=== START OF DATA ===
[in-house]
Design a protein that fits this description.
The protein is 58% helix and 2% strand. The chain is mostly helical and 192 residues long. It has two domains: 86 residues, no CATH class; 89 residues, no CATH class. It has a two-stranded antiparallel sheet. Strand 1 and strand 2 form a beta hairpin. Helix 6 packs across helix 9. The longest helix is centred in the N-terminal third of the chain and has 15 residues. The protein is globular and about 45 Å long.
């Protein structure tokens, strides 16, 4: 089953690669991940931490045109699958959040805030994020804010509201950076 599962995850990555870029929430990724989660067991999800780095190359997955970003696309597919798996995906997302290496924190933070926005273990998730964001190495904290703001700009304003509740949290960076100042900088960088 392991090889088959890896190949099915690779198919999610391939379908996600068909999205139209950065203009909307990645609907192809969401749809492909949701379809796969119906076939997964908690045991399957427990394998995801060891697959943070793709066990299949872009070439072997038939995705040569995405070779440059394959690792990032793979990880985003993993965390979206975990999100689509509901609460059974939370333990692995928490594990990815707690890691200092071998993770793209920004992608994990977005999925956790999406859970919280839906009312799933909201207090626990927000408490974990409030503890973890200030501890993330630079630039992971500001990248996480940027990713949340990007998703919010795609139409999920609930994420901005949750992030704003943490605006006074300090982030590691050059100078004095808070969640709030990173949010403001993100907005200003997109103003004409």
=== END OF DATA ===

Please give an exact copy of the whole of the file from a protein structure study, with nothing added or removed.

[in-house]
Design a protein that fits this description.
The protein is 58% helix and 2% strand. The chain is mostly helical and 192 residues long. It has two domains: 86 residues, no CATH class; 89 residues, no CATH class. It has a two-stranded antiparallel sheet. Strand 1 and strand 2 form a beta hairpin. Helix 6 packs across helix 9. The longest helix is centred in the N-terminal third of the chain and has 15 residues. The protein is globular and about 45 Å long.
């Protein structure tokens, strides 16, 4: 089953690669991940931490045109699958959040805030994020804010509201950076 599962995850990555870029929430990724989660067991999800780095190359997955970003696309597919798996995906997302290496924190933070926005273990998730964001190495904290703001700009304003509740949290960076100042900088960088 392991090889088959890896190949099915690779198919999610391939379908996600068909999205139209950065203009909307990645609907192809969401749809492909949701379809796969119906076939997964908690045991399957427990394998995801060891697959943070793709066990299949872009070439072997038939995705040569995405070779440059394959690792990032793979990880985003993993965390979206975990999100689509509901609460059974939370333990692995928490594990990815707690890691200092071998993770793209920004992608994990977005999925956790999406859970919280839906009312799933909201207090626990927000408490974990409030503890973890200030501890993330630079630039992971500001990248996480940027990713949340990007998703919010795609139409999920609930994420901005949750992030704003943490605006006074300090982030590691050059100078004095808070969640709030990173949010403001993100907005200003997109103003004409």